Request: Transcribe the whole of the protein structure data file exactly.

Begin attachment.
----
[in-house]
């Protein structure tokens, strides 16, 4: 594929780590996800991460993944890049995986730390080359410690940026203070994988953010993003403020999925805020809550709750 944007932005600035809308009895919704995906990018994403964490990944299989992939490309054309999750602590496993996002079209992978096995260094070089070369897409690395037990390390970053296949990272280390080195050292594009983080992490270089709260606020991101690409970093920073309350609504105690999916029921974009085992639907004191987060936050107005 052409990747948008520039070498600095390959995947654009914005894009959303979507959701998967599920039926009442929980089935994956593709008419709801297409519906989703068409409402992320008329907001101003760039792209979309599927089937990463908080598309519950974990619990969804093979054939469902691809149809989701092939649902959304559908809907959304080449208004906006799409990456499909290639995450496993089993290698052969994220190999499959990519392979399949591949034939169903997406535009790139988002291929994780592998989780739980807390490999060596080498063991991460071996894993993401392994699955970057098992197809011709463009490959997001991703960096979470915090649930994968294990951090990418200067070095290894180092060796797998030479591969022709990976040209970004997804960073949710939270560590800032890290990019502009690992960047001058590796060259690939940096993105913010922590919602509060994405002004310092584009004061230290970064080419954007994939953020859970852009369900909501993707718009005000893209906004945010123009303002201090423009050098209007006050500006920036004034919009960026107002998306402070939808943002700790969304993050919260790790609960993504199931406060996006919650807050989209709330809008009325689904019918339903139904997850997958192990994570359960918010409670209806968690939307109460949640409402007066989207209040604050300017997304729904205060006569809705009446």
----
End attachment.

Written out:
[in-house]
């Protein structure tokens, strides 16, 4: 594929780590996800991460993944890049995986730390080359410690940026203070994988953010993003403020999925805020809550709750 944007932005600035809308009895919704995906990018994403964490990944299989992939490309054309999750602590496993996002079209992978096995260094070089070369897409690395037990390390970053296949990272280390080195050292594009983080992490270089709260606020991101690409970093920073309350609504105690999916029921974009085992639907004191987060936050107005 052409990747948008520039070498600095390959995947654009914005894009959303979507959701998967599920039926009442929980089935994956593709008419709801297409519906989703068409409402992320008329907001101003760039792209979309599927089937990463908080598309519950974990619990969804093979054939469902691809149809989701092939649902959304559908809907959304080449208004906006799409990456499909290639995450496993089993290698052969994220190999499959990519392979399949591949034939169903997406535009790139988002291929994780592998989780739980807390490999060596080498063991991460071996894993993401392994699955970057098992197809011709463009490959997001991703960096979470915090649930994968294990951090990418200067070095290894180092060796797998030479591969022709990976040209970004997804960073949710939270560590800032890290990019502009690992960047001058590796060259690939940096993105913010922590919602509060994405002004310092584009004061230290970064080419954007994939953020859970852009369900909501993707718009005000893209906004945010123009303002201090423009050098209007006050500006920036004034919009960026107002998306402070939808943002700790969304993050919260790790609960993504199931406060996006919650807050989209709330809008009325689904019918339903139904997850997958192990994570359960918010409670209806968690939307109460949640409402007066989207209040604050300017997304729904205060006569809705009446």